The door of the plane opened. I was sitting on the front bench so I had an unparalleled view of the landscape from my seat. We were at 12,000 feet and the 3 people sitting in front of me were getting ready to leave the plane.
After the first 2 training jumpers left the plane, I started to get that feeling of ‘what did I sign up for?’ The last of the jumpers at 12,000 feet left the plane and the door came down. My tandem master patted me on the shoulder as he reached around to show me his meter. We were headed up to 15,000 feet and I was about to do my very first skydive jump with Taupo Tandem Skydiving in New Zealand.
There was nobody left sitting in front of me. It was just me and the door that would open again once we reached 15,000 feet, my heart started to pound in anticipation as the plane climbed higher into the sky.
At this point, I transitioned into a surreal state, not really able to process what I am doing as the door opens and my camera guy leaves the plane. My tandem Master then moved me towards the door and there I was sitting on the edge. Nothing but air between me and the vast openness of the sky.
Still sitting on the edge of the door, he points towards a camera and I smile into the camera while giving the peace sign for my exit photo. Without any time to process things, he pulls back my head, gives me the thumbs up and promptly drops us both out the door of the plane.
I know what you are thinking, who would jump out of a perfectly good plane? But skydiving is one of the ultimate thrills you can have in life. IT is a sport that was invented in New Zealand and Taupo Tandem Skydiving has been taking people up into the skies over Lake Taupo for 22 Years.
From the time we arrive at the drop zone we were well looked after. They walked us through all the necessary paperwork then sent us out to the hanger to get fitted for our jumpsuits, hats, oxygen masks and goggles. The hanger is very alive and busy with people rolling parachutes and tense people milling about.
We would be going up with a group of people that were in training for their master status and one other girl that was jumping for the first time. As we hung out on the couches, we were told to step outside and watch the group before us as they jumped out of the plane above us.
This got my heart racing with a mix of nerves and excitement. It wouldn’t be long now, and I would be up there about to do this crazy thing of recreation. As they landed, the tandem masters rushed in to prepare for the next jump and meet us. I would be in the capable hands of Patrik for my jump.
Patrik was great at making sure that I was suited up correctly and that my harness was adjusted appropriately. He grabbed a new parachute, hooked a strap between us and off we walked to the airplane. We ended up sitting on the front of the bench next to the door.
I wasn’t sure how I felt about that, as it meant I would be one of the first ones out of the plane. I had to make peace with the fact that I was jumping out of that plane no matter where I would be sitting, so I sucked it up and nervously stared out the window. There was only one way out of this plane now and the option was from 15,000 feet.
The ride up seemed slow, I think the anticipation of it all just made the 15 minutes up seem like forever. You get that feeling that now that you are in the plane, let’s just get on with it and jump out. I think that is the contributor to the flight up feeling so long.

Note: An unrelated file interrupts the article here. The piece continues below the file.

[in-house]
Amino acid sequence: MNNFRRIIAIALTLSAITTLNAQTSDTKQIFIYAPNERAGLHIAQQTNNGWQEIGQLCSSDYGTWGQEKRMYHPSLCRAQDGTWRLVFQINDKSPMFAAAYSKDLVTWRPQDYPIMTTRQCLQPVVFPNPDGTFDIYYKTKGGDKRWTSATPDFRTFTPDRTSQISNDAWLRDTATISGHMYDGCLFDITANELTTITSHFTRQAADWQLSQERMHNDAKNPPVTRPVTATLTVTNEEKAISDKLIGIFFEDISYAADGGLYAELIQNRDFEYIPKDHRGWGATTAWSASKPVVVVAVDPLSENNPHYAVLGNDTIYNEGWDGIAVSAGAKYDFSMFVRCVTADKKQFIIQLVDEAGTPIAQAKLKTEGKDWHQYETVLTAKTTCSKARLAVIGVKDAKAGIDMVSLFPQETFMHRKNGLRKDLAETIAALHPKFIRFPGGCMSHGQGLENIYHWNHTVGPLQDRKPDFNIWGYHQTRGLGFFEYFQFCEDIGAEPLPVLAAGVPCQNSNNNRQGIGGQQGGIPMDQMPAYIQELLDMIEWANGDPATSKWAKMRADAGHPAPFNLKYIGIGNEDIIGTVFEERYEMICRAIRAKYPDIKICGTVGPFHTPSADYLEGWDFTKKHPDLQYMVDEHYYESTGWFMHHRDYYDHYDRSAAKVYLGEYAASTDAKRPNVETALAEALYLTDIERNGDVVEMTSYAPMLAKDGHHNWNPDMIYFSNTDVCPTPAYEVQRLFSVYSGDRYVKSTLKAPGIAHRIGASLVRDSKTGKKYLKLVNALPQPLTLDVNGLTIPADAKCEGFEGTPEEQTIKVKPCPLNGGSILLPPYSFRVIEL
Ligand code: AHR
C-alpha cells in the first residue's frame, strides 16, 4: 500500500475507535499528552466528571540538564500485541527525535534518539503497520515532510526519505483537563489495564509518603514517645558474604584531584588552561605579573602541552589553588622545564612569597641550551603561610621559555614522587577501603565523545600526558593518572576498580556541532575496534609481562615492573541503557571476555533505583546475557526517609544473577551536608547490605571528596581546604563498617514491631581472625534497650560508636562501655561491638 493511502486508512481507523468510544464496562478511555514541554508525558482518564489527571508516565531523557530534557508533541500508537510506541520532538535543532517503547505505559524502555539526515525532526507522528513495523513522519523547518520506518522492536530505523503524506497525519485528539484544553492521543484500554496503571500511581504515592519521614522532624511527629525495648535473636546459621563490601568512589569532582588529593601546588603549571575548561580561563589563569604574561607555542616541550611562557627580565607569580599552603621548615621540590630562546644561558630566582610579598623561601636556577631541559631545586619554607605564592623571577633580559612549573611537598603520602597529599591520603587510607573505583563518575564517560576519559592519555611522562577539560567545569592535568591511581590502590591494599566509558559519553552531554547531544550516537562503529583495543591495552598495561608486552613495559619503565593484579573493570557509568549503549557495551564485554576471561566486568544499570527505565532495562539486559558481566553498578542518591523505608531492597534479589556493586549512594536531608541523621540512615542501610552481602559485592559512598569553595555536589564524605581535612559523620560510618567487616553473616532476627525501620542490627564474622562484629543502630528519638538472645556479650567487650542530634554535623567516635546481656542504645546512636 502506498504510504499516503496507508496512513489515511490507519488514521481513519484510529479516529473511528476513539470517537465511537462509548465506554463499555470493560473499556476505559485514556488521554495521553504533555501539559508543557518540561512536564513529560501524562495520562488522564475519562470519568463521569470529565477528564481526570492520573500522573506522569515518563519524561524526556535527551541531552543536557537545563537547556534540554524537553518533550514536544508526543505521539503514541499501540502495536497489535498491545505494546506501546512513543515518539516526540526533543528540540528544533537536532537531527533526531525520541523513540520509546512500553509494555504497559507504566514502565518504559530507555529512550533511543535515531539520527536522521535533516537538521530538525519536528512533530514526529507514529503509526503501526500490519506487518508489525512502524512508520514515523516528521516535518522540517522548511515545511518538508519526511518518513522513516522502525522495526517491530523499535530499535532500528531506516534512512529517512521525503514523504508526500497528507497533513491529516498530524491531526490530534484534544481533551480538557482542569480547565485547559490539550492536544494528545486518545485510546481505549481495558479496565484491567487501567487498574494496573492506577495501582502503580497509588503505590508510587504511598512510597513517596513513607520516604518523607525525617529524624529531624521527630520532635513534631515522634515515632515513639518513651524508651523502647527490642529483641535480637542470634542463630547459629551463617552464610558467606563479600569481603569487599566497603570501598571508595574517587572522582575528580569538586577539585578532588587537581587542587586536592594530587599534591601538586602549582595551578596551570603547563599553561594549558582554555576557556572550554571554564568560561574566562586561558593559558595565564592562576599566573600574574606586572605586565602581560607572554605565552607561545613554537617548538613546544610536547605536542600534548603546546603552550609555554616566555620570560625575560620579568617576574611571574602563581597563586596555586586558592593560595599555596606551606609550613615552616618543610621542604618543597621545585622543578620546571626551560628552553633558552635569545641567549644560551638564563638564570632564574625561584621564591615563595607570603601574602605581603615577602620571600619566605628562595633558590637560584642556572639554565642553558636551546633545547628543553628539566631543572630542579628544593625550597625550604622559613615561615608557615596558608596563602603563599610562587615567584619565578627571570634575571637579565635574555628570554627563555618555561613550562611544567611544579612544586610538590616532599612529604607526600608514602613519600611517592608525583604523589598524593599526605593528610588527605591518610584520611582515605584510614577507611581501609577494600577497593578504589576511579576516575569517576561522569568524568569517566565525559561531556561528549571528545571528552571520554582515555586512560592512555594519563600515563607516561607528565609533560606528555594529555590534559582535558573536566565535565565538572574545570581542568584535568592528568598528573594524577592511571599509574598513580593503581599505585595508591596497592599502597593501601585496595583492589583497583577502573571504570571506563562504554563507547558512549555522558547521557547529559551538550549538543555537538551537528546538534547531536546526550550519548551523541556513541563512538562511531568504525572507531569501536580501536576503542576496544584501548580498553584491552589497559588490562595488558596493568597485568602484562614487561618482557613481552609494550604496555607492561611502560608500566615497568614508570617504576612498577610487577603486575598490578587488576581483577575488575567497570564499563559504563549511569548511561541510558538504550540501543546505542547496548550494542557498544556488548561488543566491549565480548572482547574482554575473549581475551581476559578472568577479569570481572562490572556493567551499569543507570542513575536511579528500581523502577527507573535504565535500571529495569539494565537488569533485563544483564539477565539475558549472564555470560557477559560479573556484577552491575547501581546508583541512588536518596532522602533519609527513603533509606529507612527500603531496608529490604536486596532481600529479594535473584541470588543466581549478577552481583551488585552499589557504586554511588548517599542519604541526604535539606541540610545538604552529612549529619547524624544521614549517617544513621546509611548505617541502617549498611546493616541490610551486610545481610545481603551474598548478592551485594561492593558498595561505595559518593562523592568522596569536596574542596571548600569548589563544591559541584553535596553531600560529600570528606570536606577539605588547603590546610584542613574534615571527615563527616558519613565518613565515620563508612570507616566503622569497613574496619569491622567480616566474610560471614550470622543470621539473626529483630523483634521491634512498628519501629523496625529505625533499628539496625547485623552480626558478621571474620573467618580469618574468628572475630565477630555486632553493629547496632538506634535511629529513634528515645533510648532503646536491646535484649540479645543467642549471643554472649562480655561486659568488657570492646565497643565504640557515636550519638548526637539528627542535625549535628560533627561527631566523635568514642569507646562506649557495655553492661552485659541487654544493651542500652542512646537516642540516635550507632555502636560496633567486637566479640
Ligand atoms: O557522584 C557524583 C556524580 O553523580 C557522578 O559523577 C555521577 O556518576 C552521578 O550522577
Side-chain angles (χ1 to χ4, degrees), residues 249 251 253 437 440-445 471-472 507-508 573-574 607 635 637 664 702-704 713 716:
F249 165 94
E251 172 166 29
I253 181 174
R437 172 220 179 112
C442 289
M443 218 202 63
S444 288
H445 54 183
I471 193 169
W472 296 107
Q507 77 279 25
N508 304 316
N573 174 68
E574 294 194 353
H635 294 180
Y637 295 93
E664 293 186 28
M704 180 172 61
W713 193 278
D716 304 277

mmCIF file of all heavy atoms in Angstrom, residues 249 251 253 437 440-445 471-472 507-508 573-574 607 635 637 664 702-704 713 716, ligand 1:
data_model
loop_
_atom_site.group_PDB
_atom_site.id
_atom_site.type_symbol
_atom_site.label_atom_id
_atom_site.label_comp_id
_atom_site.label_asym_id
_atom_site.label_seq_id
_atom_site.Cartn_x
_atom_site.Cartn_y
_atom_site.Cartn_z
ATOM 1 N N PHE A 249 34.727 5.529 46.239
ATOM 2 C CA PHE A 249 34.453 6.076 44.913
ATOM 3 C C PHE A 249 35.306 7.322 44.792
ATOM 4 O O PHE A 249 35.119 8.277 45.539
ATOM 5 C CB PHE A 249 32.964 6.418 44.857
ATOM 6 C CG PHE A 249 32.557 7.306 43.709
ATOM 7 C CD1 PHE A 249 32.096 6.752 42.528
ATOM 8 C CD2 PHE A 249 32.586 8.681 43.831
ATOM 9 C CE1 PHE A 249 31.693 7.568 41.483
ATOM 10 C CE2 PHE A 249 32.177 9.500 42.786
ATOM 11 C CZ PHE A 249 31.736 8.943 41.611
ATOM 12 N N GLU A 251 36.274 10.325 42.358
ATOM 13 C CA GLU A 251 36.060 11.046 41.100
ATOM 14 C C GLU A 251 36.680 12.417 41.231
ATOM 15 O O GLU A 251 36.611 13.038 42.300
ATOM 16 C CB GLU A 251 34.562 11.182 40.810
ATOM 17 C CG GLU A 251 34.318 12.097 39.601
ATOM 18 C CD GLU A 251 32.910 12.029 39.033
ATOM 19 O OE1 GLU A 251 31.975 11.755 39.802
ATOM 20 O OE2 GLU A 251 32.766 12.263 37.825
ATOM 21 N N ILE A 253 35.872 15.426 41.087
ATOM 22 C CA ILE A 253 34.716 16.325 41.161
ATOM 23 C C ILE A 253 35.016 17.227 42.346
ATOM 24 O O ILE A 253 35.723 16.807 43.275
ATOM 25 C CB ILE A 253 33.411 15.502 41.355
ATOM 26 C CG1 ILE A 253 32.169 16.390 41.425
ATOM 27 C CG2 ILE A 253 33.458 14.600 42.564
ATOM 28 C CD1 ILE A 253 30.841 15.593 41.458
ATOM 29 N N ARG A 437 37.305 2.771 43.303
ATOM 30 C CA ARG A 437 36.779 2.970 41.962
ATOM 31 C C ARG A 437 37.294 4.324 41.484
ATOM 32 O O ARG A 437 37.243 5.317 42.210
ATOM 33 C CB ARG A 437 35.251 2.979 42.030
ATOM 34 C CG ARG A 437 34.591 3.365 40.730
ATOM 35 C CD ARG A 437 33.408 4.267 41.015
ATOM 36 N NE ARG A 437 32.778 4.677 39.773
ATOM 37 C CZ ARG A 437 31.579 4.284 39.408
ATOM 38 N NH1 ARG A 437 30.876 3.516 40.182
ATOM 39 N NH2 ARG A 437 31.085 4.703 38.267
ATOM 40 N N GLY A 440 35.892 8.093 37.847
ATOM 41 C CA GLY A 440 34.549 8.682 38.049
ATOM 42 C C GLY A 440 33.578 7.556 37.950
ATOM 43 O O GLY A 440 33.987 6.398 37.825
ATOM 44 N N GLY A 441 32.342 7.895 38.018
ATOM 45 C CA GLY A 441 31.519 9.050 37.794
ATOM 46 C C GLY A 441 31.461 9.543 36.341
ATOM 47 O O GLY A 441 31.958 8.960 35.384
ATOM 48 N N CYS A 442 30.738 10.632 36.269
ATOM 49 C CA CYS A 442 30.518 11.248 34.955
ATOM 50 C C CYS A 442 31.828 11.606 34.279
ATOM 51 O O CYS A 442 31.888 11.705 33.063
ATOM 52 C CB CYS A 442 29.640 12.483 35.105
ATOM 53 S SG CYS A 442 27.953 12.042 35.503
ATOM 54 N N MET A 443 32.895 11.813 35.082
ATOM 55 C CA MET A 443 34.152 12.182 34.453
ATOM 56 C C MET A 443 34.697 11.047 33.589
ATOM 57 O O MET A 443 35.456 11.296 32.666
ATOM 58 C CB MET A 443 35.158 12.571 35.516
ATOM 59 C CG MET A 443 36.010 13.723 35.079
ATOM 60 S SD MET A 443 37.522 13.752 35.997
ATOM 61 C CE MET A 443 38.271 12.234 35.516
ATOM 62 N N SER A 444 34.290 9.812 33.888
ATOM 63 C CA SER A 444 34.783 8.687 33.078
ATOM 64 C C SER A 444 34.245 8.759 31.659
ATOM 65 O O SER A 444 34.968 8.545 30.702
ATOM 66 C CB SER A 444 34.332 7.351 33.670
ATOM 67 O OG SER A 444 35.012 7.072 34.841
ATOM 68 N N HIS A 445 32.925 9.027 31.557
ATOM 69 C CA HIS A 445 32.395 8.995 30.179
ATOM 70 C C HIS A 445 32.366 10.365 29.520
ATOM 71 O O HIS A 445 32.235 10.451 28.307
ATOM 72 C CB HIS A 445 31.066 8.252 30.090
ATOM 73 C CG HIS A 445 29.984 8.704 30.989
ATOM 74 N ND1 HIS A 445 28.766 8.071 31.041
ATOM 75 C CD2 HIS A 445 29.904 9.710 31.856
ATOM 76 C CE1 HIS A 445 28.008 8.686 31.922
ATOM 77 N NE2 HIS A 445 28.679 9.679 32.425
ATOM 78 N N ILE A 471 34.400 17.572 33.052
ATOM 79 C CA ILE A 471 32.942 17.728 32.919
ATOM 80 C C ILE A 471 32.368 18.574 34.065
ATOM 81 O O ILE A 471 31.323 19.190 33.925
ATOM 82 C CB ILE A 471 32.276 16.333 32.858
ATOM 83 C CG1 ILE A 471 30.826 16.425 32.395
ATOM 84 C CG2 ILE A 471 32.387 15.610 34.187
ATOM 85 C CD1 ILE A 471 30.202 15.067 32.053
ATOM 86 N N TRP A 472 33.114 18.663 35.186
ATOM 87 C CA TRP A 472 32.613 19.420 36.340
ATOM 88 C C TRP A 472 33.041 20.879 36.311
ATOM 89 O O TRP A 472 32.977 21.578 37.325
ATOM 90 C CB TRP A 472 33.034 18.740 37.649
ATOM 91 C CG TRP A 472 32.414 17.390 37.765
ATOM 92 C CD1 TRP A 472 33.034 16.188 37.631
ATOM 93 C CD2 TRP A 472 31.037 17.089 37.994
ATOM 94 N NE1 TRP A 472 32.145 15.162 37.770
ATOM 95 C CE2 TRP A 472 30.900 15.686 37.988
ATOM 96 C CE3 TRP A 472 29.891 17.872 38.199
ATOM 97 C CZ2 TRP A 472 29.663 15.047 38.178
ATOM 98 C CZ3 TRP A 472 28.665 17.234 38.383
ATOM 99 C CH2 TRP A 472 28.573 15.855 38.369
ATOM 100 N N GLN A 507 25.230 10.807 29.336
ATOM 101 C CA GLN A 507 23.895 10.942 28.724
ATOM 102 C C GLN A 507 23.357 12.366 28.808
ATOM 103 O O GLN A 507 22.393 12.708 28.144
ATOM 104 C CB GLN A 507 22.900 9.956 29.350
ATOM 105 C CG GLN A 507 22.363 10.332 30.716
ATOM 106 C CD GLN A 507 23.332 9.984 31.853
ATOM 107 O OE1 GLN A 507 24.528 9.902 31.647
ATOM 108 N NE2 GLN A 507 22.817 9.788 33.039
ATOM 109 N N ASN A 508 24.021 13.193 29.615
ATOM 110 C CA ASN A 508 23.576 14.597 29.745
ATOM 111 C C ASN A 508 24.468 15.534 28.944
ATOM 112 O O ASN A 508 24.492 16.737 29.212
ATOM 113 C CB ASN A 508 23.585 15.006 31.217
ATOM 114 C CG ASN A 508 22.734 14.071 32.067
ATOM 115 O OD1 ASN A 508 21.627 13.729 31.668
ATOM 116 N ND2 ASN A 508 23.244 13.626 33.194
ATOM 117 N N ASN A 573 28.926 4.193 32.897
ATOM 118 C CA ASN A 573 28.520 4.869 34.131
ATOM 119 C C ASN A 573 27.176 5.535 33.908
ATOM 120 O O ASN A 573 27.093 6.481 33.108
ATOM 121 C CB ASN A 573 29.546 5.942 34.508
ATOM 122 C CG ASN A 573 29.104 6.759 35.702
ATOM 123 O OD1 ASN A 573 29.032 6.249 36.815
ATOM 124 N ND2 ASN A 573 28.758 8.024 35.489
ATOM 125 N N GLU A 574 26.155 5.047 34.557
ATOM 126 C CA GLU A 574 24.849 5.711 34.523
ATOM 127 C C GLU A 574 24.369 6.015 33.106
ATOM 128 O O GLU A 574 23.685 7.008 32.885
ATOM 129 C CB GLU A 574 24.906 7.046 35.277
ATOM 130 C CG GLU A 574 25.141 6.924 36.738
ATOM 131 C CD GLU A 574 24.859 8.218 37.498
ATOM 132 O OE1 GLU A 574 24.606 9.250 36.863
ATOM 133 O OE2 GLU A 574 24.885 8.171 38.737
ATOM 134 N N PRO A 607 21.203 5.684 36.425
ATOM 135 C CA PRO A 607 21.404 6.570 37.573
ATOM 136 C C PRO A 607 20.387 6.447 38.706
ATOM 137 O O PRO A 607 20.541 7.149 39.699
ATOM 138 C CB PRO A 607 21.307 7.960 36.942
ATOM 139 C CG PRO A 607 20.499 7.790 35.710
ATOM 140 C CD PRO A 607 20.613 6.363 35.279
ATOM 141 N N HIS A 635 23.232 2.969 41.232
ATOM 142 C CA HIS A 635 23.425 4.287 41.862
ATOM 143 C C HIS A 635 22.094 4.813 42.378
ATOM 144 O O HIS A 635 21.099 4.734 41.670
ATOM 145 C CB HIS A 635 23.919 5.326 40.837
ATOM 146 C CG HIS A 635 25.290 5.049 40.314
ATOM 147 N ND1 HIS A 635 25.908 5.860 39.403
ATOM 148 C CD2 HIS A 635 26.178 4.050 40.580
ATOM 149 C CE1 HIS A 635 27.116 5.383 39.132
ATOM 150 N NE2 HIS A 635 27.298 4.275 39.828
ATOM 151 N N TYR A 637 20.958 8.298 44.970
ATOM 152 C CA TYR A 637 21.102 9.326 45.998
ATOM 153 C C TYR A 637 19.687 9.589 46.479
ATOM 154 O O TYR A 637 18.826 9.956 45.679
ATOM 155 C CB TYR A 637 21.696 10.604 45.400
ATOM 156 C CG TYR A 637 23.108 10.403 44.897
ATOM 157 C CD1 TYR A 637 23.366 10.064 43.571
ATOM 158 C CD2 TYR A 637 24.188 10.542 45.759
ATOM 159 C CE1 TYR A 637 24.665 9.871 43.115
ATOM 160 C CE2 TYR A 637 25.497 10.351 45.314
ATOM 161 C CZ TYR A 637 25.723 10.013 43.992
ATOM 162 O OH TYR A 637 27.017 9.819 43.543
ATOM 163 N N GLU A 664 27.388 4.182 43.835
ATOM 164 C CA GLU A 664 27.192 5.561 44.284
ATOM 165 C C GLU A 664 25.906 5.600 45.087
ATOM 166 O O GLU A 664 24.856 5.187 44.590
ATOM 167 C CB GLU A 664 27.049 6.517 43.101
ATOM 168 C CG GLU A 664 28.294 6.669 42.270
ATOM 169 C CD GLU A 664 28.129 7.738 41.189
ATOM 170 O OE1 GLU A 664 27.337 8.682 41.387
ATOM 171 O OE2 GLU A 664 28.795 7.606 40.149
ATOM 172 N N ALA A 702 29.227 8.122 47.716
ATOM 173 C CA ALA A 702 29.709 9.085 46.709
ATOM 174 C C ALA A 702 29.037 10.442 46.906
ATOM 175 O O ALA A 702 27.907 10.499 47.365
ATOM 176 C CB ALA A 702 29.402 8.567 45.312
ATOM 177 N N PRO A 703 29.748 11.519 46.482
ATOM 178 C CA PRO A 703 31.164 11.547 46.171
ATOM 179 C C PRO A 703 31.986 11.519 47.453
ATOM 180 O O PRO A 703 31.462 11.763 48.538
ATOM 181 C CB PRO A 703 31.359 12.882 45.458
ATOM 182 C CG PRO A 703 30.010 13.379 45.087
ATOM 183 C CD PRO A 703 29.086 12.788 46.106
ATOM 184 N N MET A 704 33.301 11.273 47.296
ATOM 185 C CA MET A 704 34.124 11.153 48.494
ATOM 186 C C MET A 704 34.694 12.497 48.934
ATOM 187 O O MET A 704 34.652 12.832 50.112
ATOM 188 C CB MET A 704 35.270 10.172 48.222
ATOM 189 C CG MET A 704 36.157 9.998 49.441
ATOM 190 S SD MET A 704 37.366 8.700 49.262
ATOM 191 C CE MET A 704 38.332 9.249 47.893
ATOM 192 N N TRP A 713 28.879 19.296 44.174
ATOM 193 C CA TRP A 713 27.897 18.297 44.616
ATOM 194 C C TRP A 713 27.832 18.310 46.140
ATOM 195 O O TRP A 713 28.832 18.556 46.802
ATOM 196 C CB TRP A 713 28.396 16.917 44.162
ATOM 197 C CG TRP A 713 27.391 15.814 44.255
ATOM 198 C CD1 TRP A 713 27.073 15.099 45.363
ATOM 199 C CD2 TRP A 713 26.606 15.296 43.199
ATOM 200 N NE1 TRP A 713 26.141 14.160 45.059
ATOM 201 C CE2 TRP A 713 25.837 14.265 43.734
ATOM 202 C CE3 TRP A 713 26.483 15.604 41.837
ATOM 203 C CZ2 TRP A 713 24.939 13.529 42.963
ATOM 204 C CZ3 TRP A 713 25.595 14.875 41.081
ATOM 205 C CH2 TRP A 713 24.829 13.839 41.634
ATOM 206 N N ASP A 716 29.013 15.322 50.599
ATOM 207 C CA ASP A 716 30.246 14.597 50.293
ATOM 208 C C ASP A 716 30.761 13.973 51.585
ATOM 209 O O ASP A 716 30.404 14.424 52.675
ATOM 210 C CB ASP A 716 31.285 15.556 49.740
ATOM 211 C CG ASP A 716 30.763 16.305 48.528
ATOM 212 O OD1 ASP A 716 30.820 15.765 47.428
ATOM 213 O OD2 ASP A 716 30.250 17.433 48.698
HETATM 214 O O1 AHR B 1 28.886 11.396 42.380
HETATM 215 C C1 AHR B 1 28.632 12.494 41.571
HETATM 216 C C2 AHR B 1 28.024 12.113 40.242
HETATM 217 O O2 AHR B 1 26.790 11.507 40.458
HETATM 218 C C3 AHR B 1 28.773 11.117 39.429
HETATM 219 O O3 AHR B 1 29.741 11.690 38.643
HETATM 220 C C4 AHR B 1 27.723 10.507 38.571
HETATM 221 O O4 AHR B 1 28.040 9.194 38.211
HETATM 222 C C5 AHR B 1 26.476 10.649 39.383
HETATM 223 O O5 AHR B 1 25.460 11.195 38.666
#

We made it to 15,000 feet and out we jumped. It is hard to put in words the feeling of jumping out of a plane. It is thrilling, terrifying and exciting all at the same time. Your stomach drops out as you embrace the weightless feeling you get.
The free fall from 15,000 feet is 60 seconds and seems like forever. The air was crisp that day but we couldn’t have asked for a more beautiful, clear day. You could see all of the Taupo areas from that vantage point, all the way to the volcanoes. Nothing I have seen in my life compares to it.
When we were through with free-falling, Patrik pulled the parachute cord and the World became silent. Free-falling through the sky is chaotic and loud, but the minute that parachute opens, you get that sensation of nothingness. We floated gracefully through the air taking in the views.
We landed smoothly as he told me to put my legs up and then just stand up. Our timing was so good I was actually able to stand up for the landing and land on my feet. Not an easy feat according to Partrik.
Skydiving is absolutely amazing. If you can manage to get yourself in that airplane, it will be something you will not regret in life. Now that we have done it, we both plan to jump again in the near future.
|HIGHLIGHTS OF NEW ZEALAND
Auckland to Christchurch
|NEW ZEALAND–SOUTH ISLAND ENCOMPASSED
Wellington to Wellington
|NEW ZEALAND–NORTH ISLAND ENCOMPASSED
Auckland to Wellington
More on New Zealand:
- Unrivaled Scenery at Lake Hawea, New Zealand
- Interview with a Fergburger Waitress: Queenstown, New Zealand
- New Zealand’s Moeraki Boulders In Photos
- Our Encounter with the Yellow-Eyed Penguins in New Zealand
- New Zealand Sweet Spot: Punakaiki Pancake Rocks
- Things To Do In Kaikoura, New Zealand
- Best Time to Visit New Zealand: Month by Month Breakdown
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Disclosure: We were guests of Taupo Tandem Skydiving. All opinions are 100% mine. All photos and video courtesy of Taupo Tandem Skydiving and owned by Divergent Travelers.